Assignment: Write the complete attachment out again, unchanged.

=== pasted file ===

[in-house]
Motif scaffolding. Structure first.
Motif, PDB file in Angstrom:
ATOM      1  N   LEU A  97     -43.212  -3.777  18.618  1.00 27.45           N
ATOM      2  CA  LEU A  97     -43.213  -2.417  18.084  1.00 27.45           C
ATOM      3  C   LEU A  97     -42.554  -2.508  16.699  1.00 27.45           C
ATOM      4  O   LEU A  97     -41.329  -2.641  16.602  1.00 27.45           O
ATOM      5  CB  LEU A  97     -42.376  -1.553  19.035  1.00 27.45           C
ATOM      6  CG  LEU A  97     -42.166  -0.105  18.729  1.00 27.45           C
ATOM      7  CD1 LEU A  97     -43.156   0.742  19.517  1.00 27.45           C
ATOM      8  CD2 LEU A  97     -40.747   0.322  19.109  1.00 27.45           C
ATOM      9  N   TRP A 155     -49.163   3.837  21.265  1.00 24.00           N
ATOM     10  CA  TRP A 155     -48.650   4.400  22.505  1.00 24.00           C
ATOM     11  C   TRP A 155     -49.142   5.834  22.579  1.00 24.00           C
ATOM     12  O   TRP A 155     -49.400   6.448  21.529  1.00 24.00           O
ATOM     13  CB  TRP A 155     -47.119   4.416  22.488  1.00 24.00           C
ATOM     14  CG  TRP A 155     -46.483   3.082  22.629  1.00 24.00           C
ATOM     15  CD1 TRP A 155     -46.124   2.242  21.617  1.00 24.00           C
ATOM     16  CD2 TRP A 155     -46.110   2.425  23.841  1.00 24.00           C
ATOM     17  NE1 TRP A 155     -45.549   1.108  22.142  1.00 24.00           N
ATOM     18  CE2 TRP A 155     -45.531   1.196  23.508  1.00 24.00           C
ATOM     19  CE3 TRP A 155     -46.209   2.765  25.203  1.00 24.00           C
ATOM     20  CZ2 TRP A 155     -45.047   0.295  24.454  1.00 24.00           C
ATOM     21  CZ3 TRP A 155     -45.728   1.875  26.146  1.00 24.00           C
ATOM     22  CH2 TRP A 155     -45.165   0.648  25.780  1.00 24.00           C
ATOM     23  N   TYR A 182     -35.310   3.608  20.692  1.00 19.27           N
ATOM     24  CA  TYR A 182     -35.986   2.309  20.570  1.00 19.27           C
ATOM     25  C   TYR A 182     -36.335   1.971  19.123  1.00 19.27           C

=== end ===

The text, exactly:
[in-house]
Motif scaffolding. Structure first.
Motif, PDB file in Angstrom:
ATOM      1  N   LEU A  97     -43.212  -3.777  18.618  1.00 27.45           N
ATOM      2  CA  LEU A  97     -43.213  -2.417  18.084  1.00 27.45           C
ATOM      3  C   LEU A  97     -42.554  -2.508  16.699  1.00 27.45           C
ATOM      4  O   LEU A  97     -41.329  -2.641  16.602  1.00 27.45           O
ATOM      5  CB  LEU A  97     -42.376  -1.553  19.035  1.00 27.45           C
ATOM      6  CG  LEU A  97     -42.166  -0.105  18.729  1.00 27.45           C
ATOM      7  CD1 LEU A  97     -43.156   0.742  19.517  1.00 27.45           C
ATOM      8  CD2 LEU A  97     -40.747   0.322  19.109  1.00 27.45           C
ATOM      9  N   TRP A 155     -49.163   3.837  21.265  1.00 24.00           N
ATOM     10  CA  TRP A 155     -48.650   4.400  22.505  1.00 24.00           C
ATOM     11  C   TRP A 155     -49.142   5.834  22.579  1.00 24.00           C
ATOM     12  O   TRP A 155     -49.400   6.448  21.529  1.00 24.00           O
ATOM     13  CB  TRP A 155     -47.119   4.416  22.488  1.00 24.00           C
ATOM     14  CG  TRP A 155     -46.483   3.082  22.629  1.00 24.00           C
ATOM     15  CD1 TRP A 155     -46.124   2.242  21.617  1.00 24.00           C
ATOM     16  CD2 TRP A 155     -46.110   2.425  23.841  1.00 24.00           C
ATOM     17  NE1 TRP A 155     -45.549   1.108  22.142  1.00 24.00           N
ATOM     18  CE2 TRP A 155     -45.531   1.196  23.508  1.00 24.00           C
ATOM     19  CE3 TRP A 155     -46.209   2.765  25.203  1.00 24.00           C
ATOM     20  CZ2 TRP A 155     -45.047   0.295  24.454  1.00 24.00           C
ATOM     21  CZ3 TRP A 155     -45.728   1.875  26.146  1.00 24.00           C
ATOM     22  CH2 TRP A 155     -45.165   0.648  25.780  1.00 24.00           C
ATOM     23  N   TYR A 182     -35.310   3.608  20.692  1.00 19.27           N
ATOM     24  CA  TYR A 182     -35.986   2.309  20.570  1.00 19.27           C
ATOM     25  C   TYR A 182     -36.335   1.971  19.123  1.00 19.27           C